ATLANTA -- Al Horford broke out of the three-game scoring slump to lead the Atlanta Hawks to a 92-75 rout of the Chicago Bulls on Saturday night at Philips Arena.
Horford, shooting a miserable 26 percent (9 of 35) from the field in the last week, scored 20 points and had 10 rebounds for his first double-double since Dec. 12 at Orlando. Josh Smith scored 12 points and had five rebounds, four assists and three steals.
Luol Deng, whose sore left shoulder made him a game-time decision, led the Bulls (15-11) with 11 points. Joakim Noah had 10 points and nine rebounds.
Lou Williams, making his first start for the Hawks, scored 16 points, including the Hawks' first basket after they got off to an 0-for-6 start in a sluggish first quarter for both teams.
The Hawks (16-9) built a dominating lead in the second quarter, outscoring the Bulls 36-16. Kyle Korver's 3-point buzzer-beater at the half put the Hawks up 53-37; he finished with 13 points and six rebounds.
Both teams played Friday night and traveled, and it showed in the ragged beginning of the game. The first points didn't come until Noah's lay-up at 8:49 after a collective 10 missed jump shots.
The Hawks had lost two straight and three of their last four while the Bulls came into the game 6-0 on the road against Eastern Conference teams.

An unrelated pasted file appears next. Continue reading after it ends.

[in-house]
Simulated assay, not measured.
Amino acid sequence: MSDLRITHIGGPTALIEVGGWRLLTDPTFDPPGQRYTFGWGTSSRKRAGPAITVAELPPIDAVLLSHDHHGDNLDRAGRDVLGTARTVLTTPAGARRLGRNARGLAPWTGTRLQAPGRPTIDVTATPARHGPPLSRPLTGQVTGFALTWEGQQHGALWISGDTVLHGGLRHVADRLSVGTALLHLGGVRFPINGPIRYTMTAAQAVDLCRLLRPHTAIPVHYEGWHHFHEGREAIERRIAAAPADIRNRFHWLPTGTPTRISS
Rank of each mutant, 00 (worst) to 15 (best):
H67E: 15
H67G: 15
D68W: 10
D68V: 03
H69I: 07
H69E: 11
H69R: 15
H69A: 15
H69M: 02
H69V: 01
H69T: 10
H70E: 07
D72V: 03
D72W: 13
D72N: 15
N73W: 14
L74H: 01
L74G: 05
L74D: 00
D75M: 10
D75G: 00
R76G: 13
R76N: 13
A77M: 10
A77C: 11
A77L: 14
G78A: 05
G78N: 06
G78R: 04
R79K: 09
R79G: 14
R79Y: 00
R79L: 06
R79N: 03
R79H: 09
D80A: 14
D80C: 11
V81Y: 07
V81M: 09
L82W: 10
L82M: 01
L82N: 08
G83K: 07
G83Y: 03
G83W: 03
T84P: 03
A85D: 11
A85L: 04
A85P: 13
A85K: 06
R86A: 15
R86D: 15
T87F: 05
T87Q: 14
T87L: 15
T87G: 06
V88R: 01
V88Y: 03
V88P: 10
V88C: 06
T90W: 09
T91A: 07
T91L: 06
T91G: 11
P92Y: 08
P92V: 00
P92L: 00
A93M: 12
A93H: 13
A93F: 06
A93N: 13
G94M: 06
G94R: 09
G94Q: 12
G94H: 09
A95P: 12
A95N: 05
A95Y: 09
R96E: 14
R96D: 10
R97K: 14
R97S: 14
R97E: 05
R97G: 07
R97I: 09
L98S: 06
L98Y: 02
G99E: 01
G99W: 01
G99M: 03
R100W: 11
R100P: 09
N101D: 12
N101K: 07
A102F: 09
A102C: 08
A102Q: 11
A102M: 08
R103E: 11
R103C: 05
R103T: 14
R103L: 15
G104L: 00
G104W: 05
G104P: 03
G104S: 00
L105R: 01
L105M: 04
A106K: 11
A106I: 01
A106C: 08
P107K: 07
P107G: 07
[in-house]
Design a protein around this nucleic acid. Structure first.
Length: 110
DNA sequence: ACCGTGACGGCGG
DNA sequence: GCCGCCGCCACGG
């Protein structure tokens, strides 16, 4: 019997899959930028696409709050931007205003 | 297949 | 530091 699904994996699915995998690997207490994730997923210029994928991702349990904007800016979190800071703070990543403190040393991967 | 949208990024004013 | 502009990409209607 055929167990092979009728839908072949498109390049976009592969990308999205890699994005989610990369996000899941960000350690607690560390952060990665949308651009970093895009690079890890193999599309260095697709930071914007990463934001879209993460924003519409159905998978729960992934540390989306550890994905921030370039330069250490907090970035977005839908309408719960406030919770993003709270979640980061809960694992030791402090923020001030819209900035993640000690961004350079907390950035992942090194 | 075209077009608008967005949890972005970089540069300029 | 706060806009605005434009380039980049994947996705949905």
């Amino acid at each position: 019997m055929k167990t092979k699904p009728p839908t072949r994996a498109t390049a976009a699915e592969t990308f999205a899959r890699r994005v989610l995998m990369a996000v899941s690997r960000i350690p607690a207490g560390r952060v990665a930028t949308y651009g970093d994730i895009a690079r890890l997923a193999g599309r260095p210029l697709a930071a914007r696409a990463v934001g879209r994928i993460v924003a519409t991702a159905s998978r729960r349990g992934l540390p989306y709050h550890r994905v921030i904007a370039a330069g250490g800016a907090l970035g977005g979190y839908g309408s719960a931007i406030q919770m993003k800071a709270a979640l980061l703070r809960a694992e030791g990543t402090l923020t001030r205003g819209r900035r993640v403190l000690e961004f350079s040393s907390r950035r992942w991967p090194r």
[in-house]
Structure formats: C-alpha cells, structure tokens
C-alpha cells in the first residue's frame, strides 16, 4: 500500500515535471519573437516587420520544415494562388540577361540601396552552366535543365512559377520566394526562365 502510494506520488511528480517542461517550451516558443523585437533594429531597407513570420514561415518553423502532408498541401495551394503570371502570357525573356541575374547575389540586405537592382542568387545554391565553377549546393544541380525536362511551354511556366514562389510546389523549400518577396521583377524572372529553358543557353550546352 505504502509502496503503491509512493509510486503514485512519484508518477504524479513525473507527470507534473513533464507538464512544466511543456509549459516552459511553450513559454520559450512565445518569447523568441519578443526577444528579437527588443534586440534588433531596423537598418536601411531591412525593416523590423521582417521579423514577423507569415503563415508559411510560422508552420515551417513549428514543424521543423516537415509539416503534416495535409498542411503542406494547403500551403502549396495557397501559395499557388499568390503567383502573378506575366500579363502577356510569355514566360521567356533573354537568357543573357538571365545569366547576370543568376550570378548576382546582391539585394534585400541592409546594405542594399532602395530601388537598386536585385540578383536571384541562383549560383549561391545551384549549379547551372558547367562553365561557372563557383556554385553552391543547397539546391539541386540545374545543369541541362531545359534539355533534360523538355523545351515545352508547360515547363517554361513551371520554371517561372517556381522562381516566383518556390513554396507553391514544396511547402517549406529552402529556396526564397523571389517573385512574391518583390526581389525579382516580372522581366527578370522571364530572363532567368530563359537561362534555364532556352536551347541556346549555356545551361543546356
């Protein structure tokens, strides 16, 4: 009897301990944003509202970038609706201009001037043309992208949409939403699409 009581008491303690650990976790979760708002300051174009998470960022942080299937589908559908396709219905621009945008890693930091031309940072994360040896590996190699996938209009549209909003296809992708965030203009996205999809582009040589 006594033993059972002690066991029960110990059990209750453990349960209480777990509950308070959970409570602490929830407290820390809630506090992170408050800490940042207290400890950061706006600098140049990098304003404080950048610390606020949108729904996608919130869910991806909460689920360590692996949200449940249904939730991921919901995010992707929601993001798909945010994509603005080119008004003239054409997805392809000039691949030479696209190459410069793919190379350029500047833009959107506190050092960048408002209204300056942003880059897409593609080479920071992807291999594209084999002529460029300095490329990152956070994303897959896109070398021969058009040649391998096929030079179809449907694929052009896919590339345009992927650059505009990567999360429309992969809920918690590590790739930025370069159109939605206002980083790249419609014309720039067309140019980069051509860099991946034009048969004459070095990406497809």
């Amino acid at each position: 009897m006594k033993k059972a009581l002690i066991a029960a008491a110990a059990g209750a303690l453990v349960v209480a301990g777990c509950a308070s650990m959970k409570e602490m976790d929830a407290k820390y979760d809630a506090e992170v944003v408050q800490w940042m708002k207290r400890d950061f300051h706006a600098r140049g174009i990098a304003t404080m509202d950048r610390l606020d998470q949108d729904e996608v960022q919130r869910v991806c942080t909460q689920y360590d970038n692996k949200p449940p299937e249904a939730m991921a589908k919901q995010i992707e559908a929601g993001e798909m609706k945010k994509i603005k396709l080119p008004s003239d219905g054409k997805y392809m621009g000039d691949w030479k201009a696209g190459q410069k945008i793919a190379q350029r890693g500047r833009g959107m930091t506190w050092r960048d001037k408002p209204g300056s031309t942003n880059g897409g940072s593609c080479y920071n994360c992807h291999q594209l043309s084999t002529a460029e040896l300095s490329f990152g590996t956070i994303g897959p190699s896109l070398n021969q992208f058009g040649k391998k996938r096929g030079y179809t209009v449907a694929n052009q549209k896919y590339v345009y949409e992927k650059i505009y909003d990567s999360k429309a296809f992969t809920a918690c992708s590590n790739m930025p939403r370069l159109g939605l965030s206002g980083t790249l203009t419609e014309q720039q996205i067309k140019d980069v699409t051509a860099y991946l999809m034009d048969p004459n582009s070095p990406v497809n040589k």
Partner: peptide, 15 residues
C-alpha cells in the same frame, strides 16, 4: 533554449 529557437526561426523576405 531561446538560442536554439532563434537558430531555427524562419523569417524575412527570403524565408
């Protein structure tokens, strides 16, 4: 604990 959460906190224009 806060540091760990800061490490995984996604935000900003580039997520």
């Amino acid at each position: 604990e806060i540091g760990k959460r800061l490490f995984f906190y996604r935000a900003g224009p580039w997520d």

With the game already out of reach at 72-47 at 3:58 in the third quarter, Bulls rookie guard Marquis Teague entered the game, the first time he has played against his older brother, Hawks guard Jeff Teague, as professionals. Jeff Teague outscored his brother 11-8 and also had eight assists.
NOTES: Hawks coach Larry Drew, displeased by his team's lack of energy in Friday night's 99-80 loss to the Sixers in Philadelphia, started Williams, hoping the Hawks would get off to a faster start. Not that he had a lot of choice: Devin Harris missed a second consecutive game with a sore left foot and DeShawn Stevenson's balky knees always make him a game-time decision in back-to-back games. ... Bulls coach Tom Thibodeau, reflecting on the chaotic, ejection-filled end to Friday night's 110-106 win over the Knicks at Madison Square Garden, said of Noah, "It's an emotional game. I don't want to take that away. But I do want him to control it. Once they start calling technicals and are throwing people out, you've got to realize, OK, they're not taking anymore." ... Taj Gibson (right ankle) and Deng (left shoulder) were game-time decisions after warming up; Deng ended up starting.